Prepayment Versus Recast

October 15th, 2018

Mortgage prepayment versus recast

When you divvy up your monthly budget pie, housing is very likely the biggest slice, especially after you add in utilities, maintenance and of course, your mortgage.  

So wouldn’t it be great if you could lower your mortgage payments without refinancing your loan? Or better yet, pay off your mortgage ahead of schedule?

Either one could be doable if you have extra cash. Prepayment and recasting offer two very different ways for managing mortgage costs. Here’s how they compare:

What’s Mortgage Prepayment?

Prepaying a mortgage means making extra payments on top of your regular monthly payment. You can pay extra weekly, biweekly, monthly, annually — whatever fits your budget best.

Prepayment Advantages

Prepayments are applied to your loan principal. Since your monthly interest payments are based on your current loan balance, prepaying reduces future interest payments. You’ll pay less interest overall if you make extra payments toward the principle.

Mortgage prepayment shortens the loan term, allowing you to become mortgage debt-free faster.

Prepayment Disadvantages

Prepayment may be sounding pretty good but there are a couple of potential downsides to keep in mind.

First, some lenders charge a prepayment penalty when you pay your loan off early. The penalty may be a percentage of the original mortgage loan or a certain number of payments. That can add up quickly, so it’s important to read the fine print on your mortgage regarding prepayment. Ask your lender whether your loan has a prepayment penalty or a cap on the amount you can prepay each year.

Second, mortgage prepayment can affect your tax filing. Home mortgage interest is tax-deductible and prepayment can shrink the size of your deduction if you’re paying less in interest. That’s important to know if you count on the mortgage interest deduction to lower your tax bill.  

What’s Mortgage Recasting?

Mortgage recasting is a lesser-known way to manage your mortgage.

Recasting is sometimes referred to as re-amortization. Instead of paying extra on your mortgage each month, you make one larger lump sum payment against the principal balance and ask your lender to reset the monthly payments. The end result is a lower monthly payment.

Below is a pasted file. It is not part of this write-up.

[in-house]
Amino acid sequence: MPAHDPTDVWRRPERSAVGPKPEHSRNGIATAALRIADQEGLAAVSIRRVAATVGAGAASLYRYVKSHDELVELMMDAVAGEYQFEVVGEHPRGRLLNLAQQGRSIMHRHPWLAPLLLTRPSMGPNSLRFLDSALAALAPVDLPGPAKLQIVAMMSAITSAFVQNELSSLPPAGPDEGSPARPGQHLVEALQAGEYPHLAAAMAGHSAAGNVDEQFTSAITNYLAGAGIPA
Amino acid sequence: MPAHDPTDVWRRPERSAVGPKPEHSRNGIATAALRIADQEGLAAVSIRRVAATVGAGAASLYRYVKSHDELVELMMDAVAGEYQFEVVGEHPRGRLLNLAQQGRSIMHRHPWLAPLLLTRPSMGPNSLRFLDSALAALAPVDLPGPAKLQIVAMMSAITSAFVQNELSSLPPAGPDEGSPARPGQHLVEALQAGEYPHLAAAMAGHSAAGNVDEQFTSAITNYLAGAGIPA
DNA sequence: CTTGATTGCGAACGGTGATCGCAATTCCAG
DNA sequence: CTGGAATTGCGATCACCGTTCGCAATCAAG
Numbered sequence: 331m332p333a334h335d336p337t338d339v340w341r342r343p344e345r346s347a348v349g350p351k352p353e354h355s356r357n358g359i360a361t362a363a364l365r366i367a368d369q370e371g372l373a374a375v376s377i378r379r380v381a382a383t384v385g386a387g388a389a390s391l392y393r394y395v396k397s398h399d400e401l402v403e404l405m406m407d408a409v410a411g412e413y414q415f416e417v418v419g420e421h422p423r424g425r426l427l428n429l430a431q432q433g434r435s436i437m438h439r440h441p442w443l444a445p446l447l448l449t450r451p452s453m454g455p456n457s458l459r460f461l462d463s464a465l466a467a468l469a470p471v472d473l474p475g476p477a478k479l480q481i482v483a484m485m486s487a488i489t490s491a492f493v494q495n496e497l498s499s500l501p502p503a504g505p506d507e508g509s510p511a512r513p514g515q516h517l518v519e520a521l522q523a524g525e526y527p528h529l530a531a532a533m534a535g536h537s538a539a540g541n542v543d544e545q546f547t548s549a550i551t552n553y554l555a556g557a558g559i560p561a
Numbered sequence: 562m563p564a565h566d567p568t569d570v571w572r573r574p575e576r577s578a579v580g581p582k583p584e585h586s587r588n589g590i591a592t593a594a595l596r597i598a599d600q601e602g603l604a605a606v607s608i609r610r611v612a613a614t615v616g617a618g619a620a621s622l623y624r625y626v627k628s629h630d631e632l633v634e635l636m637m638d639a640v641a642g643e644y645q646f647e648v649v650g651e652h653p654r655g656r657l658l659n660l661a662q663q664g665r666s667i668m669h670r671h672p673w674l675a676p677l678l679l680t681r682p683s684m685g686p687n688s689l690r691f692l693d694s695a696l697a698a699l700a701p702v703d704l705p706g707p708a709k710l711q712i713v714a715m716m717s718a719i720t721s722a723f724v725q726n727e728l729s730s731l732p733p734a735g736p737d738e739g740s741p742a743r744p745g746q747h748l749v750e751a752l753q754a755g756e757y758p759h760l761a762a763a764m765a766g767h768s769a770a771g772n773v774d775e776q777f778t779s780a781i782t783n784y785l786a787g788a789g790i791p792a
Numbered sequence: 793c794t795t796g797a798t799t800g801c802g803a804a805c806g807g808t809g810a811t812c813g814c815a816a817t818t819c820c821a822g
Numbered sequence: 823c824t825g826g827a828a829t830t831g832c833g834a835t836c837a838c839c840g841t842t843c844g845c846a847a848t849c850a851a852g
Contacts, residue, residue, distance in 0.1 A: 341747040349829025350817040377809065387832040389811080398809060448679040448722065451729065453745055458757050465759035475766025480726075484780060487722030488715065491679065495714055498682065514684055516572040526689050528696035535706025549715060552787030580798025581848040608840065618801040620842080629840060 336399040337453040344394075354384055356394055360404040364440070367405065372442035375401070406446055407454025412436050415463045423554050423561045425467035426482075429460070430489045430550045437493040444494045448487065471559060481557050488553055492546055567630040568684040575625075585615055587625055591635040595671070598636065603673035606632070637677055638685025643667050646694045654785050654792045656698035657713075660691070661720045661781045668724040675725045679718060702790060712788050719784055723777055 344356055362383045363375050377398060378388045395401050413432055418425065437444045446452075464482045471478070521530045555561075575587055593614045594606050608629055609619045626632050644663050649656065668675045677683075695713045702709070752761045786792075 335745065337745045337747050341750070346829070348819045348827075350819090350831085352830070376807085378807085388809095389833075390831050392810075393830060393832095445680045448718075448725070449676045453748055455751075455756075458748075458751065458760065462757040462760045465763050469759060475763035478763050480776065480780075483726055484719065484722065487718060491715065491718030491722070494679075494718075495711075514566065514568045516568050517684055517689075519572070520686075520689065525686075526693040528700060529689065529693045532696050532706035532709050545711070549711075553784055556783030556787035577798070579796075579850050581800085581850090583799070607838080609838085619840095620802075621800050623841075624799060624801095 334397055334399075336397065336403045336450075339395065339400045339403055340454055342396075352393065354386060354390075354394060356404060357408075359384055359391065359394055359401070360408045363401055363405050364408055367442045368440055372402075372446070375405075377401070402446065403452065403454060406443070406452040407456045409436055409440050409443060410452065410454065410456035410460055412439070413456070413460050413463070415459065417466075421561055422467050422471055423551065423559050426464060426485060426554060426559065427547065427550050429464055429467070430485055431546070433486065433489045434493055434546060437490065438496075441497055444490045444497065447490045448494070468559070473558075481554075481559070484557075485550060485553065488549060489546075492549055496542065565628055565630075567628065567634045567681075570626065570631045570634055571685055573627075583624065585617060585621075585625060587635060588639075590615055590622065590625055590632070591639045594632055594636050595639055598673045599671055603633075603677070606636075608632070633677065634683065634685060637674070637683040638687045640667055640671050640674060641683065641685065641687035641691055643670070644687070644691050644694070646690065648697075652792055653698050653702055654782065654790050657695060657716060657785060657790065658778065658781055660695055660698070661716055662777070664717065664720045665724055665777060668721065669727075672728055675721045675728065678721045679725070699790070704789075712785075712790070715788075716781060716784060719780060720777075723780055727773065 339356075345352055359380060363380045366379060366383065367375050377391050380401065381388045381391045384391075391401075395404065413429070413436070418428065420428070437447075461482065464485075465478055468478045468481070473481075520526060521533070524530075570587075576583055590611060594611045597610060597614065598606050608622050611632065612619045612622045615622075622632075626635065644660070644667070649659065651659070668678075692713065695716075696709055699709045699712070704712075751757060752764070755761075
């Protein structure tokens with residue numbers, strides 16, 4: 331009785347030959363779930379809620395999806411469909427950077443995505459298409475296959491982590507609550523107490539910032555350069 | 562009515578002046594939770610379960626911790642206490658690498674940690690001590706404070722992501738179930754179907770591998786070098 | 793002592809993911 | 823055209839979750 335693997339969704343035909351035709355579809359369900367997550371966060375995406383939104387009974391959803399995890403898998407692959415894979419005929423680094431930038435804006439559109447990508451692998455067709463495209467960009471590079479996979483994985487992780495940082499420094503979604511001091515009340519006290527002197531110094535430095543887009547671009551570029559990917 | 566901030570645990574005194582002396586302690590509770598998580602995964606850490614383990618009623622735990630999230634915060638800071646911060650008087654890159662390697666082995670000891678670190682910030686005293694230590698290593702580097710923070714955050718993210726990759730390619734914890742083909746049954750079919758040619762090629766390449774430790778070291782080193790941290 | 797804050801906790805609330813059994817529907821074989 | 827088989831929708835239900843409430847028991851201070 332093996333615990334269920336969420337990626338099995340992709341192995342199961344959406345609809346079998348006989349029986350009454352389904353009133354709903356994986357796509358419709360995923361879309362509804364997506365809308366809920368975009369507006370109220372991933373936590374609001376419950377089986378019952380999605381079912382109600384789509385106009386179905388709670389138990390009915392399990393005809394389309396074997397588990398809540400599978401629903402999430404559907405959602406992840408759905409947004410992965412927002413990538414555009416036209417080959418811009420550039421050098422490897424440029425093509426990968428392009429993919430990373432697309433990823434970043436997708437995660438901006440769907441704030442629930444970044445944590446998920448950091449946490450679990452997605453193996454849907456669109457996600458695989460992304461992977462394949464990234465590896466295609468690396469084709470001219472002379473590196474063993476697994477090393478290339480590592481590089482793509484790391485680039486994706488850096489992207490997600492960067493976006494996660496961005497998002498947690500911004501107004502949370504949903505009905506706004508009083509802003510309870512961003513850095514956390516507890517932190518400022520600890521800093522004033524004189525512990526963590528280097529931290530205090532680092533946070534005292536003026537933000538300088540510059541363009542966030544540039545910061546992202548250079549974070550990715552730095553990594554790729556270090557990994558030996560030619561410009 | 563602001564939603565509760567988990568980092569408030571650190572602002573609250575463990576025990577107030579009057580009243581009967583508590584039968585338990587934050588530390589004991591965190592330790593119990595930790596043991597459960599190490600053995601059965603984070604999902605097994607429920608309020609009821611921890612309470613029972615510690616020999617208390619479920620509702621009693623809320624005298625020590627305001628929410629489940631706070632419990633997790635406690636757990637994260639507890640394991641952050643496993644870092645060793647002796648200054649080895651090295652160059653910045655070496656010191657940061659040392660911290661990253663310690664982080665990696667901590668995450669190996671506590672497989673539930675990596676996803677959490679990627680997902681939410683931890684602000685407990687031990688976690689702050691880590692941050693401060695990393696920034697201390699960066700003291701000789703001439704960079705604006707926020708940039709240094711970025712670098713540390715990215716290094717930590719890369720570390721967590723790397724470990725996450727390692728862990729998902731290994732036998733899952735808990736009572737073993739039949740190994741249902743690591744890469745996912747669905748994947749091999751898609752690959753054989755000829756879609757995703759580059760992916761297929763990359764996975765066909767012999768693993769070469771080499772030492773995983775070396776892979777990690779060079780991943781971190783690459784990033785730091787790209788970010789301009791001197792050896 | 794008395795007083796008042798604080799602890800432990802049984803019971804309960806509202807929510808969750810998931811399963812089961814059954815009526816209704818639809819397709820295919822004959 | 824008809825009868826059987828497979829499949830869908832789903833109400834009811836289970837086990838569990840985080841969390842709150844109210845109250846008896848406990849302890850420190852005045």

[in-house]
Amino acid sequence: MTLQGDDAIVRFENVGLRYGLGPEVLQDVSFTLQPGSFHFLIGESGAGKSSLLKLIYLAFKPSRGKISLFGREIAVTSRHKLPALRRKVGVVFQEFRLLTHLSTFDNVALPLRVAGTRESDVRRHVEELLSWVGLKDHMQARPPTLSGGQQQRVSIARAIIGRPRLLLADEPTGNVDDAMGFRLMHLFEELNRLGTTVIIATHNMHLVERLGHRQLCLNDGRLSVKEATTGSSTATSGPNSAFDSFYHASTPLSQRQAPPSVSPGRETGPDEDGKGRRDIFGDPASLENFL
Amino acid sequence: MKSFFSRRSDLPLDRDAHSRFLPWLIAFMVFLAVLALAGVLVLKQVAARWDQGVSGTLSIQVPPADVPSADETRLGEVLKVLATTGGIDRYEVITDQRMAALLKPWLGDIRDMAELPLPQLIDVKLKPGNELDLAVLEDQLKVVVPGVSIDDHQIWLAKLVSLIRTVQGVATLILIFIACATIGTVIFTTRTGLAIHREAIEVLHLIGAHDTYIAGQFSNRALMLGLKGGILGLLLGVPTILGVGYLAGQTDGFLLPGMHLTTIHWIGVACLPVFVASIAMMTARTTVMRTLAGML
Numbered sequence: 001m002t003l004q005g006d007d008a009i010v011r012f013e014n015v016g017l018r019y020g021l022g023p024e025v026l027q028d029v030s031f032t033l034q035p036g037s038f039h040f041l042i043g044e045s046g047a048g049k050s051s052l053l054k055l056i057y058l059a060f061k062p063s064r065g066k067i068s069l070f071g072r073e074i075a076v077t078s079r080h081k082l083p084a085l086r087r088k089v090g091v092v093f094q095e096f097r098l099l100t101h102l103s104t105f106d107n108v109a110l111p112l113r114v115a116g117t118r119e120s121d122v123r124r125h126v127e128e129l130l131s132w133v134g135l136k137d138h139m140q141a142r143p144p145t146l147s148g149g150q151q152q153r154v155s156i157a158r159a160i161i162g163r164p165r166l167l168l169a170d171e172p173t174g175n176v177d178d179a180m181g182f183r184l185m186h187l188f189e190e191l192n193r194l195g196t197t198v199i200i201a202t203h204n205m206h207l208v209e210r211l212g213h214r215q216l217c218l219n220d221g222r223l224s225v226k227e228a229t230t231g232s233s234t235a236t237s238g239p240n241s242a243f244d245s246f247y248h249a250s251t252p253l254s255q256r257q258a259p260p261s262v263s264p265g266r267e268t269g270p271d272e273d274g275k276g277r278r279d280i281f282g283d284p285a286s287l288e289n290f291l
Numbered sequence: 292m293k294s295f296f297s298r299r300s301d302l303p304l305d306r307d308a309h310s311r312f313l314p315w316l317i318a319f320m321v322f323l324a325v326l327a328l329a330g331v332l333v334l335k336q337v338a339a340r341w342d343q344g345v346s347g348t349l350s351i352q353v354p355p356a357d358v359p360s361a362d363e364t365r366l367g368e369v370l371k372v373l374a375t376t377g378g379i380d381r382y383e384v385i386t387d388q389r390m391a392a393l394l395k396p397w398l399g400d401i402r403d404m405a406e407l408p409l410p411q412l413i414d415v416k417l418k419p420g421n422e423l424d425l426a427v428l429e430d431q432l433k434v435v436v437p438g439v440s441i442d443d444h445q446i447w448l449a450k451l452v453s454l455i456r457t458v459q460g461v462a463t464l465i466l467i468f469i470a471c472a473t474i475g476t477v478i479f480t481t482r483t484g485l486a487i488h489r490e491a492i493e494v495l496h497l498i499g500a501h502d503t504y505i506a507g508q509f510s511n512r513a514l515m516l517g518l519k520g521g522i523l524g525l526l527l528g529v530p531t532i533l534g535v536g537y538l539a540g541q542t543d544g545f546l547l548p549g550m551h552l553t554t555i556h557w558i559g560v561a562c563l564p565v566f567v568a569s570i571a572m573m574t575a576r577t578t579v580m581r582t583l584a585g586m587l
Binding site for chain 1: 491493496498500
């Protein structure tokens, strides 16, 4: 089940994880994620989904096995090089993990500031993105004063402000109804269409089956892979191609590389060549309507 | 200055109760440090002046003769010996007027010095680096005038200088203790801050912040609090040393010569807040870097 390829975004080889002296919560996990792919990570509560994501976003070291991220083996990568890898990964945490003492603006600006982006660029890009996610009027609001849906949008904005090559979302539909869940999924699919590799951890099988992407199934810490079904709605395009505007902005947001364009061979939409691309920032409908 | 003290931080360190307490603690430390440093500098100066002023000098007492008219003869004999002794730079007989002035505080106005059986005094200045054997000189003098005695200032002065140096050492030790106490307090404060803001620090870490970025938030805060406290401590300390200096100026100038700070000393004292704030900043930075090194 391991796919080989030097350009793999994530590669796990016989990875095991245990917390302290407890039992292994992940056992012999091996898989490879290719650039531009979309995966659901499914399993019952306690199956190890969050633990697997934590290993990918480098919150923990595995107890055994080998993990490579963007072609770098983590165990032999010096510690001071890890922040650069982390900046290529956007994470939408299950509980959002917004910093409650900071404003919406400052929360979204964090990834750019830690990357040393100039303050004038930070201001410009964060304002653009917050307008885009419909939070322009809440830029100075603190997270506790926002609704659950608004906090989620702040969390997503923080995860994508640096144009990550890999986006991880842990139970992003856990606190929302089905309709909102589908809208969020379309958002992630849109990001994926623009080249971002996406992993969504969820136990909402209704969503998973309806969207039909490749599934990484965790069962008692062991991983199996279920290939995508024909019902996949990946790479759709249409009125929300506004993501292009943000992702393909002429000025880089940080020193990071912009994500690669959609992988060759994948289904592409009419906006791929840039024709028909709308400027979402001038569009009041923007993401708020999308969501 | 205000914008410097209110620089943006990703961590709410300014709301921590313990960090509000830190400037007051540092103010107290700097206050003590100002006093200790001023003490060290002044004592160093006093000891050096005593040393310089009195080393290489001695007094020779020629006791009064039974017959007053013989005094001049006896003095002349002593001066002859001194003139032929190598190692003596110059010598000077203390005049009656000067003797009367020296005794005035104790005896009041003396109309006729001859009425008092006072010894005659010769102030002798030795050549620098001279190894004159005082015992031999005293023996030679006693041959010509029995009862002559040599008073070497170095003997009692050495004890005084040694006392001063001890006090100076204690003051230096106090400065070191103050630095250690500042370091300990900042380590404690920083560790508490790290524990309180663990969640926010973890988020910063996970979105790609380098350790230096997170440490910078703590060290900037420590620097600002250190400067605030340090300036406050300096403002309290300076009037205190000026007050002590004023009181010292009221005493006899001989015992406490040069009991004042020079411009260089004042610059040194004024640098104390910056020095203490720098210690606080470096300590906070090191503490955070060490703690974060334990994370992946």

Two things to know about recasting: it doesn’t change your interest rate and your loan term stays the same. You’d pay less in interest overall but you wouldn’t pay off your loan any earlier.

Recasting Advantages

The biggest benefit of recasting is the lower monthly payment. A lower payment can be easier on your budget. The lower payment might free up cash that you can use for other financial goals, such as paying off other debts or saving for retirement.

Compared to mortgage refinancing, which involves replacing your old home loan with a new one, recasting may be an easier process. There’s no credit check required and you don’t need an appraisal.

Recasting Disadvantages

Similar to prepayment, recasting has some potential snags. You can’t use it for FHA* or VA** loans, and your lender may charge a service fee to recast.

Do the Math

The best way to measure the benefits of prepayment and recasting is analyzing them side by side.

Run the numbers on prepayment using this mortgage payoff calculator to see how much you could save on interest. Then, use this mortgage loan calculator to see how much you could reduce your monthly payment with recasting.

Finally, compare the results to your goals and budget to decide which one makes sense for your bigger financial picture.

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*Federal Housing Authority

**Veterans Administration

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Brian Martucci is a loan officer for Capital Bank Mortgage, a division of Capital Bank. He has been in the mortgage industry since 1986 and has served in a number of roles, including loan processor, loan officer, mortgage broker, branch manager, and vice president. Brian Martucci – NMLS# 185421. His opinions do not necessarily reflect the opinions and beliefs of Capital Bank Mortgage or Capital Bank. Capital Bank, N.A.- NMLS# 401599. Click here for the Capital Bank, N.A. “Privacy Policy”.

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